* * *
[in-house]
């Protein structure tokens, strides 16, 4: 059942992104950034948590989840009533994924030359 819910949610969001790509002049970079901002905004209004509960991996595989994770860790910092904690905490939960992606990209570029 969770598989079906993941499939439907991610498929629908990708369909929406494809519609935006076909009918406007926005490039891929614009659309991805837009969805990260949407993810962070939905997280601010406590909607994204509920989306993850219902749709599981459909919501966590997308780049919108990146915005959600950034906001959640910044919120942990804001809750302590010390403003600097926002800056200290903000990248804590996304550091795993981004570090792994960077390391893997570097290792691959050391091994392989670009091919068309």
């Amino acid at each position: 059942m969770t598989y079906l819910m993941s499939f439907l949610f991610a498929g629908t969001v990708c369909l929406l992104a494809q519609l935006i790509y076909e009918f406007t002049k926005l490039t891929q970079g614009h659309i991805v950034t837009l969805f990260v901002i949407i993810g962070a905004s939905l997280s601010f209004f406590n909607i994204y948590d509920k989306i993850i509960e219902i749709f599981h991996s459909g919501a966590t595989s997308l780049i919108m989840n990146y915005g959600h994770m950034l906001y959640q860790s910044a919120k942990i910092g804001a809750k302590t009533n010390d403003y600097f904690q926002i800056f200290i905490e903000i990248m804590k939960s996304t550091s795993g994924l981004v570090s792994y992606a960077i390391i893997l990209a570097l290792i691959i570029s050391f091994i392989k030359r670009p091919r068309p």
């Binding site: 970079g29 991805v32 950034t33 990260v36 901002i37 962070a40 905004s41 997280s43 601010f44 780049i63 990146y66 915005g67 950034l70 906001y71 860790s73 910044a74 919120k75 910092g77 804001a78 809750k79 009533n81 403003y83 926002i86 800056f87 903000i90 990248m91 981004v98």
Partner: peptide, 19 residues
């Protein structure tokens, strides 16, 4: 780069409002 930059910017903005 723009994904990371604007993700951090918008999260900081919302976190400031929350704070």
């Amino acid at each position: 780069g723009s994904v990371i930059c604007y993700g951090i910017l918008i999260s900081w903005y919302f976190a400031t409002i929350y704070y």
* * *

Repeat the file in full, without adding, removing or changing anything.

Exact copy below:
[in-house]
């Protein structure tokens, strides 16, 4: 059942992104950034948590989840009533994924030359 819910949610969001790509002049970079901002905004209004509960991996595989994770860790910092904690905490939960992606990209570029 969770598989079906993941499939439907991610498929629908990708369909929406494809519609935006076909009918406007926005490039891929614009659309991805837009969805990260949407993810962070939905997280601010406590909607994204509920989306993850219902749709599981459909919501966590997308780049919108990146915005959600950034906001959640910044919120942990804001809750302590010390403003600097926002800056200290903000990248804590996304550091795993981004570090792994960077390391893997570097290792691959050391091994392989670009091919068309």
């Amino acid at each position: 059942m969770t598989y079906l819910m993941s499939f439907l949610f991610a498929g629908t969001v990708c369909l929406l992104a494809q519609l935006i790509y076909e009918f406007t002049k926005l490039t891929q970079g614009h659309i991805v950034t837009l969805f990260v901002i949407i993810g962070a905004s939905l997280s601010f209004f406590n909607i994204y948590d509920k989306i993850i509960e219902i749709f599981h991996s459909g919501a966590t595989s997308l780049i919108m989840n990146y915005g959600h994770m950034l906001y959640q860790s910044a919120k942990i910092g804001a809750k302590t009533n010390d403003y600097f904690q926002i800056f200290i905490e903000i990248m804590k939960s996304t550091s795993g994924l981004v570090s792994y992606a960077i390391i893997l990209a570097l290792i691959i570029s050391f091994i392989k030359r670009p091919r068309p």
């Binding site: 970079g29 991805v32 950034t33 990260v36 901002i37 962070a40 905004s41 997280s43 601010f44 780049i63 990146y66 915005g67 950034l70 906001y71 860790s73 910044a74 919120k75 910092g77 804001a78 809750k79 009533n81 403003y83 926002i86 800056f87 903000i90 990248m91 981004v98």
Partner: peptide, 19 residues
């Protein structure tokens, strides 16, 4: 780069409002 930059910017903005 723009994904990371604007993700951090918008999260900081919302976190400031929350704070």
């Amino acid at each position: 780069g723009s994904v990371i930059c604007y993700g951090i910017l918008i999260s900081w903005y919302f976190a400031t409002i929350y704070y």